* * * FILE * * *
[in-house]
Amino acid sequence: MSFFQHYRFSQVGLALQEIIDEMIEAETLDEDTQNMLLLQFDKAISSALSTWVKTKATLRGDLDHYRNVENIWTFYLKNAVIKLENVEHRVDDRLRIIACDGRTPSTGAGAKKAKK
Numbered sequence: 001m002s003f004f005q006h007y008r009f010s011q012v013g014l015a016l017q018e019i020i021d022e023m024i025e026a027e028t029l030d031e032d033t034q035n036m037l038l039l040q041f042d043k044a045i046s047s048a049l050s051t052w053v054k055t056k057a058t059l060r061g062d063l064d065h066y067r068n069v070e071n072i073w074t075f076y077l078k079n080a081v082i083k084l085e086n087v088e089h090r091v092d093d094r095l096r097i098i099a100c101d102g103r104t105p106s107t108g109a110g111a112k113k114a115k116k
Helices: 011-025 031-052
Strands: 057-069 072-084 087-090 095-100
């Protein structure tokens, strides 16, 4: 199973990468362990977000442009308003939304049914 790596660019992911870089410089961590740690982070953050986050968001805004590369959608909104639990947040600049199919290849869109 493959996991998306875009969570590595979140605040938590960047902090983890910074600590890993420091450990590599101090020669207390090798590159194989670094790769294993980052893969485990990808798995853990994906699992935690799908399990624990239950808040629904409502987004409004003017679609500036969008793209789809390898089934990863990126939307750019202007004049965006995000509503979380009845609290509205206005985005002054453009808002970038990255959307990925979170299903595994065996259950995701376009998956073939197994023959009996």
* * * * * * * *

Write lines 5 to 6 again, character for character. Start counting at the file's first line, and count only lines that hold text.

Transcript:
Strands: 057-069 072-084 087-090 095-100
């Protein structure tokens, strides 16, 4: 199973990468362990977000442009308003939304049914 790596660019992911870089410089961590740690982070953050986050968001805004590369959608909104639990947040600049199919290849869109 493959996991998306875009969570590595979140605040938590960047902090983890910074600590890993420091450990590599101090020669207390090798590159194989670094790769294993980052893969485990990808798995853990994906699992935690799908399990624990239950808040629904409502987004409004003017679609500036969008793209789809390898089934990863990126939307750019202007004049965006995000509503979380009845609290509205206005985005002054453009808002970038990255959307990925979170299903595994065996259950995701376009998956073939197994023959009996």